Big 5 or Bust?
Something that always amazes me is the modern day traveller’s overwhelming desire to spot the Big 5. This is not to say that I don’t appreciate such a sighting and relish every moment watching Lion, Elephant, Rhino, Buffalo and (for me, the as yet unseen) Leopard in the wild, but when lucky enough to spend some time in South African Game Reserves, any sighting fills me with joy …
On a game drive in a private Big 5 reserve recently, I was disappointed to find that our game ranger was giving preference to these species, to the near exclusion, or rather, dismissal of other game species. There were 3 couples in the vehicle, one of which were first-time visitors from the USA. Speeding past numerous species of Antelope, Warthog and countless birds, we tracked lion (though it felt more like chased) for more than half of the game drive. Sadly, it seems as though our modern approach to life is rubbing off on our wildest and most preserved areas. Get in, get out – tick off as many species as possible in as short a time as possible.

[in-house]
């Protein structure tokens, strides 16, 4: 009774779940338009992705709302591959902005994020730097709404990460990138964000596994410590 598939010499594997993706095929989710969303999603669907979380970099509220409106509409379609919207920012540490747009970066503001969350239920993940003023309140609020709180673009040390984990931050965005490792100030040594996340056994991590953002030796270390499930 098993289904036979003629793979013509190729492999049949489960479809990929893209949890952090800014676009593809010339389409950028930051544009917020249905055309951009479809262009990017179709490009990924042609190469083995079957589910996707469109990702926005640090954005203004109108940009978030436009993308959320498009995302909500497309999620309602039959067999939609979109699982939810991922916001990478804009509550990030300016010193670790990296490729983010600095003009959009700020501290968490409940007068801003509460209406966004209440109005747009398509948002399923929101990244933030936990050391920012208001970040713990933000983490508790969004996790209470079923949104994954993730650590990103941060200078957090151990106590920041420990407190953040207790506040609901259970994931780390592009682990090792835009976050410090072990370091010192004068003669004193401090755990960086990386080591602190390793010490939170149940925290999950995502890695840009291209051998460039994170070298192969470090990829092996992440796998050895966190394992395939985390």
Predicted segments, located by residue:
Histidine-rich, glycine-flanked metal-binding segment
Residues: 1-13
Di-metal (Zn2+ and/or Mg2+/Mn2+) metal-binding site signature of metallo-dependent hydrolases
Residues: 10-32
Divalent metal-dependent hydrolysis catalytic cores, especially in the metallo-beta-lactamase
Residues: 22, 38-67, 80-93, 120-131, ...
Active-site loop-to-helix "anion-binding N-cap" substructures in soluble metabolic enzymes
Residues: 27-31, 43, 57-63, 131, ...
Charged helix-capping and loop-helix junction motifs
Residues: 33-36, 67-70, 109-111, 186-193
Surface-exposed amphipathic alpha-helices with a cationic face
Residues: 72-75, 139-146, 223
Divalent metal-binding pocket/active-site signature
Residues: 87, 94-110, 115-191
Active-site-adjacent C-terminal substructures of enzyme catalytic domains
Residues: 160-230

Can’t speak for everyone, but as a visitor this is not my intention. Perhaps the most enjoyable thing about being on a game drive, is the sense of time coming to a complete stop. Looking out at an untouched landscape, taking the time to watch a bird soar through the sky, appreciate a magnificent sunset and marvel at the number of stars in the night sky – these are things, I regret to say, I find little time for in the city, but which leave me with a sense of well-being long after I’ve left.
I later saw check-in forms that had been completed by guests visiting the game lodge, and under “What do you hope to see during your stay”, I was saddened to note “Big 5” scrawled on almost all of them. I can understand this desire, as finding the elusive Leopard has been added to my bucket list, but I feel these desires are starting to change the way game drives are handled by game rangers. Foreigners visiting our country have more than likely never seen the “less in demand” species (except perhaps in a zoo) and I’d like us all to spend more time appreciating any species we’re lucky enough to come across.
To put my mind to rest that I’m not the only traveler who appreciates any sighting in a game reserve, I’m launching another photographers’ competition. Submit your photographs of any mammals, birdlife, reptiles or insects or any sunsets, landscapes, trees or even rocks that took your fancy, whilst visiting a game or nature reserve in South Africa. Find out more about the competition at Photographers Competition November 2009.
Photographs: Not the Big 5 …